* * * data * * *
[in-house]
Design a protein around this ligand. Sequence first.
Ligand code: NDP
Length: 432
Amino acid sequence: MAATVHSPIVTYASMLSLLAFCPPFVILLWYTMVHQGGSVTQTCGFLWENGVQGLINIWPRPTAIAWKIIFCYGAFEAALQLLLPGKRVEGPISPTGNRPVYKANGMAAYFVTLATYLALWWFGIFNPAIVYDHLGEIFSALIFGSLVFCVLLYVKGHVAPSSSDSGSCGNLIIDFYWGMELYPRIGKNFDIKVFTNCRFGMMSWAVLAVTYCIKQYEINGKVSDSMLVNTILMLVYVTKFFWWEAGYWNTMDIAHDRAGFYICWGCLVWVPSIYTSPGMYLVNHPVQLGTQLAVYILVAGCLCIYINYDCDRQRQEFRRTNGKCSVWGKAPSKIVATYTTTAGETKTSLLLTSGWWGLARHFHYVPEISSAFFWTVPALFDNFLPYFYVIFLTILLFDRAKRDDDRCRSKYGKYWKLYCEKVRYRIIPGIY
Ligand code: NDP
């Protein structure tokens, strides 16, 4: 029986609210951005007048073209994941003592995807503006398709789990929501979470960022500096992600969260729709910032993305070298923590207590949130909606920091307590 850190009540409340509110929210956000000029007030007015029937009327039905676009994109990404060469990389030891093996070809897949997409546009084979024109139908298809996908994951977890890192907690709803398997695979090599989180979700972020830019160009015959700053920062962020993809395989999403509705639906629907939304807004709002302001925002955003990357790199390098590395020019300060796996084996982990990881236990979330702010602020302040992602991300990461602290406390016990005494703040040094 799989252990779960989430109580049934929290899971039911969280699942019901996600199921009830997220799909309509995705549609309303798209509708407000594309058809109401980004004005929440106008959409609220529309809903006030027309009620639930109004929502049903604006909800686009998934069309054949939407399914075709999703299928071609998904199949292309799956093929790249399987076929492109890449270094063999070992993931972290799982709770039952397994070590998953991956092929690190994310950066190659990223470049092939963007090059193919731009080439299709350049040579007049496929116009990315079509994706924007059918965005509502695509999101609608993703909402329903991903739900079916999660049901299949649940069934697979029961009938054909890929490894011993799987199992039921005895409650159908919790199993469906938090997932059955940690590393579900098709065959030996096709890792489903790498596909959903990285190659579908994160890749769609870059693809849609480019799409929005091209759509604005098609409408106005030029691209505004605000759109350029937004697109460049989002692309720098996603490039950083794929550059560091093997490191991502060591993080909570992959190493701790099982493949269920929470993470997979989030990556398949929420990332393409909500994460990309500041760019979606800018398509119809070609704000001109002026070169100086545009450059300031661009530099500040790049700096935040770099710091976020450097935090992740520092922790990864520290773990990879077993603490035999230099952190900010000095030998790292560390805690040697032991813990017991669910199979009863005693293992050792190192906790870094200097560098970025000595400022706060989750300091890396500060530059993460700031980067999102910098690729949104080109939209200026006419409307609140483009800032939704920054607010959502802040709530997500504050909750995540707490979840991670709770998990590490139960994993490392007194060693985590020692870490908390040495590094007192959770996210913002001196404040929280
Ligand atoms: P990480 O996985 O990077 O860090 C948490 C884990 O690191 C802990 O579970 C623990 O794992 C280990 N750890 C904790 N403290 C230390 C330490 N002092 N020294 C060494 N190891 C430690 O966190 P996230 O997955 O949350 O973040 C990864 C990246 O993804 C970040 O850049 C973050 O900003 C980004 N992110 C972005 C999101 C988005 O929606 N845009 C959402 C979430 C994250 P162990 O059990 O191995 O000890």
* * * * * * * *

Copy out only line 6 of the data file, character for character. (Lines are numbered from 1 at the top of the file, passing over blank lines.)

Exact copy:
Ligand code: NDP